Ten Valuable Truths
After attending four elementary schools, two junior highs and two high schools while I was growing up, I learned several valuable truths.
*If I want friends, I can’t wait for people to reach out to me – I have to reach out to them
. . . first.
*If I want people to be interested in me – I need to be interested in them . . . first.
*If I want to develop intimacy with someone, I need to share intimate details about myself
. . . first.
*If I’m a happy friendly person, I will attract happy friendly people to me.
Because I never knew when my parents were going to announce yet another move for our family, I developed strategies to make friends quickly.
First, I notice and quietly observe people everywhere I go. I’m always on the look-out for some way to compliment the person next to me.
I make eye contact, smile and say something simple like “Hi. What do you think of this weather?”
Then I ask for their name or point out something complimentary I’ve noticed about them.
It’s easy to keep the conversation going when you’re more interested in the other person than worried about how you are being perceived.To keep a conversation going I ask for their opinion about something.
*If I genuinely like people . . . first, they like me back.
For example, if I mentally focus on what is wonderful about the people around me instead of why they bother or annoy me, they seem to instinctively know that I like them. I believe people can perceive your thoughts on some level.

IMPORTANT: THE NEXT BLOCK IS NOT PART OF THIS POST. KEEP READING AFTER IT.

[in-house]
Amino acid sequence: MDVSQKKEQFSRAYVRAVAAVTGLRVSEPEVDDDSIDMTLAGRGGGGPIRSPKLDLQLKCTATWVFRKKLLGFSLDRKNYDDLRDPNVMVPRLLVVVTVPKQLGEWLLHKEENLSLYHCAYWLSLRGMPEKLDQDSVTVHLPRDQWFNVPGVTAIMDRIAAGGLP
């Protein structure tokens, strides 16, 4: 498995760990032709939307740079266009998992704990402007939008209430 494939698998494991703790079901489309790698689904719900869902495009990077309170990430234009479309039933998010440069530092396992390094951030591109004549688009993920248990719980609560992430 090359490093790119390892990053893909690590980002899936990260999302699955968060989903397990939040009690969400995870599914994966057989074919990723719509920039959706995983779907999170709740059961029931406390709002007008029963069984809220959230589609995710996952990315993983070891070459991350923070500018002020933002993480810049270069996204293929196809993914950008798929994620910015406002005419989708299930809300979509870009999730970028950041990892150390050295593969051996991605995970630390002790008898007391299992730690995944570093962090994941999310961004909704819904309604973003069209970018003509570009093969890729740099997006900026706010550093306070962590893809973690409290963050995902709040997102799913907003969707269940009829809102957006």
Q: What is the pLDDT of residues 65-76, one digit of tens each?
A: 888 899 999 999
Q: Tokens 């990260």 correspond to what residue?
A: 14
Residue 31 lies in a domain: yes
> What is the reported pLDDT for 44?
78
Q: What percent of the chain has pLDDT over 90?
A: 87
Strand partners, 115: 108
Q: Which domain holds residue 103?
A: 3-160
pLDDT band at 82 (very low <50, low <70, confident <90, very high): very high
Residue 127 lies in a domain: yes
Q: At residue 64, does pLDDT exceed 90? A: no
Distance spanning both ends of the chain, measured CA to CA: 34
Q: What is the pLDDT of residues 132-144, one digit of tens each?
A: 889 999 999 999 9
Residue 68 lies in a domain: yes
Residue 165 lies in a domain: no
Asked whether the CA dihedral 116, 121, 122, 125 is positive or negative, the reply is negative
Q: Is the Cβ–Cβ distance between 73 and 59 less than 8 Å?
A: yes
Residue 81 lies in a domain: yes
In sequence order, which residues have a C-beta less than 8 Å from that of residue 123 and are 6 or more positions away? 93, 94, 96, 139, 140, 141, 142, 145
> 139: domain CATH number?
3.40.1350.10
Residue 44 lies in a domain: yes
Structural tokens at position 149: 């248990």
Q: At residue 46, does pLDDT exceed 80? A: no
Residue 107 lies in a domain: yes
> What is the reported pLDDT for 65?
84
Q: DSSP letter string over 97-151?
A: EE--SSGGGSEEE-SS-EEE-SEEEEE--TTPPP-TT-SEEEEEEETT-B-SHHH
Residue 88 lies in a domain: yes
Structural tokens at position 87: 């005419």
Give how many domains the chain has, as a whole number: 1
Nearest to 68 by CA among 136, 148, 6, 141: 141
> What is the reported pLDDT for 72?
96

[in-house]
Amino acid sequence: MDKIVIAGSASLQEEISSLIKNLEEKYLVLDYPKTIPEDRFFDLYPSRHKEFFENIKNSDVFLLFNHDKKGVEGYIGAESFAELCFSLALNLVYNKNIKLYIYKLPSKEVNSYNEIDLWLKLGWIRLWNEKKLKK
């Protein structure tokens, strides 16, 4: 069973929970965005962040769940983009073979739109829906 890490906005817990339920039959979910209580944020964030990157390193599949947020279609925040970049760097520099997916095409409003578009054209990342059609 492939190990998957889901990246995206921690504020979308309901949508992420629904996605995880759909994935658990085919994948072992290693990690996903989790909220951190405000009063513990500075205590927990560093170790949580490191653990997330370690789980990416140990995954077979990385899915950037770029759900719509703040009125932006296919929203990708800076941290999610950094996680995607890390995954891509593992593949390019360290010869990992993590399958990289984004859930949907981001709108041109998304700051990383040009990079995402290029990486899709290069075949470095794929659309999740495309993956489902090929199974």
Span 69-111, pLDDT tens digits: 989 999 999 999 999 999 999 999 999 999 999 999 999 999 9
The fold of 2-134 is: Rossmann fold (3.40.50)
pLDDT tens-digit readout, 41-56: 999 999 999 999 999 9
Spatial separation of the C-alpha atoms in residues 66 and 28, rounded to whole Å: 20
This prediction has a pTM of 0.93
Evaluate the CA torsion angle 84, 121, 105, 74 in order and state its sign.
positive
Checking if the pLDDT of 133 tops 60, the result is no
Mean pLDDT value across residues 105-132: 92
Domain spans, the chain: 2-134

*If I’m engaged in helping the community, I find great friends.
For example, I was always concerned about the condition of the old abandoned cemetery in my town and volunteered my time to get it restored. I made numerous history loving friends in the process.
For example, I am a member of a senior citizen orchestra that takes beginners. People who keep learning make great friends. We meet twice a week for two hours and on breaks we share what is going on in our lives.
*Participating in a faith group brings me together with people who make good meaningful friends.
For example, I participate in a book club with women from my faith group. People who love to read make interesting friends. Our monthly discussions become more intimate as we learn to know and appreciate each other.
*The best way to make emotional contact is to be open and honest about myself and my difficult or embarrassing life experiences.
For example, I am not afraid to share difficult experiences I’ve had. When I open up about myself, I invite those around me to do the same. Once I was at the grocery store and my son turned to the person behind us and said, “Hey you want to see my new Spider Man underwear?”
If I expect others to share their “underwear” or difficult experiences with me I need to be willing to share embarrassing or difficult life experiences with them.
*When I throw caution to the wind and expose myself to rejection, I have the chance to make wonderful life-long friendships.
Once I heard a woman talk at social gathering. I really enjoyed what she had to say.
Later I thanked her for her talk and said, “I can tell you are an awesome person and I’d really like to get to know you better.”
We talked casually whenever we saw each other after that. When she found out my daughter was getting married, she called me up and found out ways she could help me. As we spent time together planning the wedding, we talked and talked and talked. This women and I became life-long friends because I wasn’t afraid to tell her I wanted to be her friend and she wasn’t afraid to include herself in my daughter’s wedding plans. Emotional sharing came later after we learned that we were safe with each other. We discovered that we’d both been raised in troubled homes. We were able to become the loving sister to each other that we both longed for.Pin It